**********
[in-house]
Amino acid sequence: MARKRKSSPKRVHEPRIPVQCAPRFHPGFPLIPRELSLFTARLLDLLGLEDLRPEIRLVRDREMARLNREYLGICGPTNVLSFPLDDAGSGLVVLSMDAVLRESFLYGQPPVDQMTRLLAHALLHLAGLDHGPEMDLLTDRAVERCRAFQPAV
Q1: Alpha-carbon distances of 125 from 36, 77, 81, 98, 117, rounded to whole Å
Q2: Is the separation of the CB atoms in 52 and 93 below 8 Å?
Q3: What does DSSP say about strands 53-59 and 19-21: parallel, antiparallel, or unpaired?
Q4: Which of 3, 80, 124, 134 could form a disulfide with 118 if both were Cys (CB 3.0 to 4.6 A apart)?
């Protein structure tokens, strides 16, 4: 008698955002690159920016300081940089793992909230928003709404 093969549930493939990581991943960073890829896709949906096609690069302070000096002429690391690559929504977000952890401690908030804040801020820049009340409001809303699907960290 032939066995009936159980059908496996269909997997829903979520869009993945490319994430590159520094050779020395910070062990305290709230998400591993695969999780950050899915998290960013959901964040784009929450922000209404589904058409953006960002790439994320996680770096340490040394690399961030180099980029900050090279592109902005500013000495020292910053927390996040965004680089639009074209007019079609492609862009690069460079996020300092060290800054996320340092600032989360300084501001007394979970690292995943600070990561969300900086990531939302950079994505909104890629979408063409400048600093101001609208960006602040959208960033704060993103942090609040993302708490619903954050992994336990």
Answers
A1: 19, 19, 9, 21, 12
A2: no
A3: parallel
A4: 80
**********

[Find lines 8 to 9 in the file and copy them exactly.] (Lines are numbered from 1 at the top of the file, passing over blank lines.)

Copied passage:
Answers
A1: 19, 19, 9, 21, 12